Kolkata Municipal Corporation bonds get CRISIL A+ rating
Our Banking Bureau
19 January 2005
CRISIL's A+ stable rating for the Rs100 million bond programme of the Kolkata Municipal Corporation (KMC) reflects its healthy financial profile — with its increasing revenue income and controlled revenue expenditure — leading to a revenue surplus in 2003-04 (revised estimates, April 1 to March 31). The corporation's performance has improved since 2001-02; its revenues have grown because of an increase in property tax collections by widening its base and after measures to check evasion.
Non-tax revenues have also increased owing to a rise in user charges and a growth in construction. Since KMC has largely implemented state government-funded urban infrastructure projects, its debt requirements have remained low. It posted very healthy debt protection measures in 2003-04 (revised estimates) with a debt service coverage ratio (DSCR) of 4.7x and revenue receipts to debt ratio of 11.6x.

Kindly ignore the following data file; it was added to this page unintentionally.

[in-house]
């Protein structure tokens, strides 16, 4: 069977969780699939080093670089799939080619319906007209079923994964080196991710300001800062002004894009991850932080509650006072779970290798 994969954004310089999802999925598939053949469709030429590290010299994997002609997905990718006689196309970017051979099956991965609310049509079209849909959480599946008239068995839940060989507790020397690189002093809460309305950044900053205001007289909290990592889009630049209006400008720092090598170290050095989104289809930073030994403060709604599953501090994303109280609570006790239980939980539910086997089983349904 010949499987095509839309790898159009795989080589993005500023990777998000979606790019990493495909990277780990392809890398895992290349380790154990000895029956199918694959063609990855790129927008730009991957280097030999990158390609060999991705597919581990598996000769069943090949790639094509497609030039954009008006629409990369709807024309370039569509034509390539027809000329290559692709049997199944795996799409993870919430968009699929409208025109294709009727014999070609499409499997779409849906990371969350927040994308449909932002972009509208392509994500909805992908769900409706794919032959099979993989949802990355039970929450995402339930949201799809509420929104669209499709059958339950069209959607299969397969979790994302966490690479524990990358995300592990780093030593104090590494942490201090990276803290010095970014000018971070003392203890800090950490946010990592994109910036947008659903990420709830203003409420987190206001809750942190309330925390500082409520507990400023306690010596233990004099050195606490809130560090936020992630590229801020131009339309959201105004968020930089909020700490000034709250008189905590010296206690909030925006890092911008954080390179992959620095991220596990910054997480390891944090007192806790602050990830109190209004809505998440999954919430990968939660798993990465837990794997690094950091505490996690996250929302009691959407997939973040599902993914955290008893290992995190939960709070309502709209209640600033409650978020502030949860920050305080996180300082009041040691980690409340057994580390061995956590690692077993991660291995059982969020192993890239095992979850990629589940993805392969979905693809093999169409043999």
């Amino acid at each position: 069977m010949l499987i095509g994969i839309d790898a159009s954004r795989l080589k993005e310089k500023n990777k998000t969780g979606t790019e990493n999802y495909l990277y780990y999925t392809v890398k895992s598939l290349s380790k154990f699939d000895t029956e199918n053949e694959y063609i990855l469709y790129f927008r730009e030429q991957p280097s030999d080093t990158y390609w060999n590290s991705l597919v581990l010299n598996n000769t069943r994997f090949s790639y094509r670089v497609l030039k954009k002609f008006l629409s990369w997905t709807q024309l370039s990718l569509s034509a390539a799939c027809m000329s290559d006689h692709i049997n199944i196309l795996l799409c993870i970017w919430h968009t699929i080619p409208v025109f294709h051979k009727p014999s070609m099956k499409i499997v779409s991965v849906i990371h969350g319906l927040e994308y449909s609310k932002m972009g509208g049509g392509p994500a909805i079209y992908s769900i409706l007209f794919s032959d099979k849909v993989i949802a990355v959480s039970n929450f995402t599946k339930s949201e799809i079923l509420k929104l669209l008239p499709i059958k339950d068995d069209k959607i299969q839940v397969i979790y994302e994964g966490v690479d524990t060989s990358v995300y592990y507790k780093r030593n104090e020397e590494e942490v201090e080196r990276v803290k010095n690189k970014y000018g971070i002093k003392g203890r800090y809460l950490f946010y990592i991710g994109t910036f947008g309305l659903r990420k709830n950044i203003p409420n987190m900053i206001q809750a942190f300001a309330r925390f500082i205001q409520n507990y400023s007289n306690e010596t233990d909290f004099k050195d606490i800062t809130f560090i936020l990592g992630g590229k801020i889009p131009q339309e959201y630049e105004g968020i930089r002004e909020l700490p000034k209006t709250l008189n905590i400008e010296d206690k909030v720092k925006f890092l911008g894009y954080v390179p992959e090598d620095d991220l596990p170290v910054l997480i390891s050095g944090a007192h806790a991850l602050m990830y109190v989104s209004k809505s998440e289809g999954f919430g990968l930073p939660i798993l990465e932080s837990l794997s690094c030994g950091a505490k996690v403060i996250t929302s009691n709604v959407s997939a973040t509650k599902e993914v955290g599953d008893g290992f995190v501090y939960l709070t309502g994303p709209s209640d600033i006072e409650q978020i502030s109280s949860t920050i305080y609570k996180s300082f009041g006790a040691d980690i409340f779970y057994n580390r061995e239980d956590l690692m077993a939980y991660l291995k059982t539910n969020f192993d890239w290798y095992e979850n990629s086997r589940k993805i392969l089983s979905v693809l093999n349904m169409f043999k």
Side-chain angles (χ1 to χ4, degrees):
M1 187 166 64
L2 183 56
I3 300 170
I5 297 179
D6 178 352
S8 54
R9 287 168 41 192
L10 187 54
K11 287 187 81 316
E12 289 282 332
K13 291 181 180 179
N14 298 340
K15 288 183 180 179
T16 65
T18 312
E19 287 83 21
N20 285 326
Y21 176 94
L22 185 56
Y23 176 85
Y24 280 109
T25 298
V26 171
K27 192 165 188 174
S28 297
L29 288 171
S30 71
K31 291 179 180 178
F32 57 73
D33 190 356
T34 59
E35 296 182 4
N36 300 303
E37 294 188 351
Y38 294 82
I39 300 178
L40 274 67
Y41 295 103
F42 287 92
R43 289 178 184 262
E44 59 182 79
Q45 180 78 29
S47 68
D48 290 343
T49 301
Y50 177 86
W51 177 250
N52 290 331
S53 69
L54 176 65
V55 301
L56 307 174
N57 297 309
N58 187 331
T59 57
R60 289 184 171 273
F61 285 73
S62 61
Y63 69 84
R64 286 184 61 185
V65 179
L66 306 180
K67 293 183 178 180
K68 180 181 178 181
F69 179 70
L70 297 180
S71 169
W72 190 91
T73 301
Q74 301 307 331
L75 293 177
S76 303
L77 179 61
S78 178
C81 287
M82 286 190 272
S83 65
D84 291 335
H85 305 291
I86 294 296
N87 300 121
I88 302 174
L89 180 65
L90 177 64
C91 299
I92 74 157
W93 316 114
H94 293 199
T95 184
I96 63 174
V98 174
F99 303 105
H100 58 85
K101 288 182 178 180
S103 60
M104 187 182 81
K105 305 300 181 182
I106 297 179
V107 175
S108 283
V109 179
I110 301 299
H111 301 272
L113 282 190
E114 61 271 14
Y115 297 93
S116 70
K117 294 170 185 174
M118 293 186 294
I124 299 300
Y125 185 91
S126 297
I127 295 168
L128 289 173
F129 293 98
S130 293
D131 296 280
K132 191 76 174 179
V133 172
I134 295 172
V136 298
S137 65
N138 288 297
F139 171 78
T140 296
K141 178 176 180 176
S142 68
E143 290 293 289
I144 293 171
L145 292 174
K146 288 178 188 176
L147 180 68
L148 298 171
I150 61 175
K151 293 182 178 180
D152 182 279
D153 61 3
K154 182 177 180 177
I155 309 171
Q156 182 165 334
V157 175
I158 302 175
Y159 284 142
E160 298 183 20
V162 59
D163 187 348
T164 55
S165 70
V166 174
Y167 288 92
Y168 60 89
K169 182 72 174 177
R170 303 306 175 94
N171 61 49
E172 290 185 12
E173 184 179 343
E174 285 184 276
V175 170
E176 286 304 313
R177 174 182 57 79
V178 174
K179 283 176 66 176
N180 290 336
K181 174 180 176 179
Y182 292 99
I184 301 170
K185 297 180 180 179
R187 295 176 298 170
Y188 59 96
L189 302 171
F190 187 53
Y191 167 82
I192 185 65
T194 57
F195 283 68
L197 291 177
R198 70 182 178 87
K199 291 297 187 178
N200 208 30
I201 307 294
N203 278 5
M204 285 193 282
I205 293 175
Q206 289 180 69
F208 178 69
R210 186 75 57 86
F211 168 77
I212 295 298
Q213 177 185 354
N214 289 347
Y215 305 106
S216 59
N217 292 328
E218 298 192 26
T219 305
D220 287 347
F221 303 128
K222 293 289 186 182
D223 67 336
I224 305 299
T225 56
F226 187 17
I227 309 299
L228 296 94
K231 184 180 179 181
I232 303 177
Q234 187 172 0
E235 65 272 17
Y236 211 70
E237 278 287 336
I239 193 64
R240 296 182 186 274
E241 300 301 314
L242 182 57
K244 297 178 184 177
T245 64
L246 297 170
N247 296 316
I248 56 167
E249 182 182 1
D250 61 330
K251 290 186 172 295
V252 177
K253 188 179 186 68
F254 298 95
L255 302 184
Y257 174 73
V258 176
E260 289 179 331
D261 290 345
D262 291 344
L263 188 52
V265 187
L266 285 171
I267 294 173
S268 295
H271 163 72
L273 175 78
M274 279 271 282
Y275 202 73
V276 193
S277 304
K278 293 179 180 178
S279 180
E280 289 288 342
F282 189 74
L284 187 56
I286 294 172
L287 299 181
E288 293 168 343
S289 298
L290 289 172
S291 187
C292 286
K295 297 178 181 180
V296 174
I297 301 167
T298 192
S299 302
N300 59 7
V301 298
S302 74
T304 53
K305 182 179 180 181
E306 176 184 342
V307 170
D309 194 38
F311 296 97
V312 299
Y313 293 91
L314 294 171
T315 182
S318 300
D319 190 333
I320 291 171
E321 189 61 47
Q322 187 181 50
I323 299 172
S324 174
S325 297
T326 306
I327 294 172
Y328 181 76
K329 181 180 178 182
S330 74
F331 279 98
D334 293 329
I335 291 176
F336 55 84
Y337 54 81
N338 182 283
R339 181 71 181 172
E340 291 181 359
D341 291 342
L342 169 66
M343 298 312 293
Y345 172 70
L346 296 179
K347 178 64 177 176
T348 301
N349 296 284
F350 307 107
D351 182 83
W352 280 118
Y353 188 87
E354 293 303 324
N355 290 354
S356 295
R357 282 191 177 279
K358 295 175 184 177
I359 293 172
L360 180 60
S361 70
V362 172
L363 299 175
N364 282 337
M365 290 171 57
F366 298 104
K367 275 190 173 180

CRISIL expects KMC to maintain its healthy revenue surplus on the back of its controlled revenue expenditure and moderate growth in tax and non-tax revenues. The corporation does not have any large capital expenditure plans currently and is not expected to raise debt in the near term. Its revenue surplus should therefore be sufficient to fund its capital expenditure plans during 2004-07. KMC's overall financial profile will continue to be characterised by a low debt level and healthy revenue surplus.
The rating is constrained at the current level by the corporation's low self-reliance in terms of revenues and its unfavourable legal and administrative framework. The Government of West Bengal (GoWB) contributes more than a third of KMC's revenues in the form of grants. Since the GoWB does not have a strong fiscal profile, such dependence reflects unfavourably on the corporation. KMC does not levy octroi, an important source of revenues for the Nashik, Thane and Ahmedabad municipal corporations. Its large component of committed expenditure by way of employee costs constrains KMC's flexibility to spend on provision of services.
KMC's jurisdiction extends over an area of 187.33 sq km, which is inhabited by a population of 4.58 million (as per the 2001 census). It is governed by the provisions of the Kolkata Municipal Corporation Act, 1980. Kolkata has witnessed a steady increase in its population and economic base in the recent past, emerging as the third-largest city in the country. It also has the distinction of being the central metropolitan city for business activities in East India.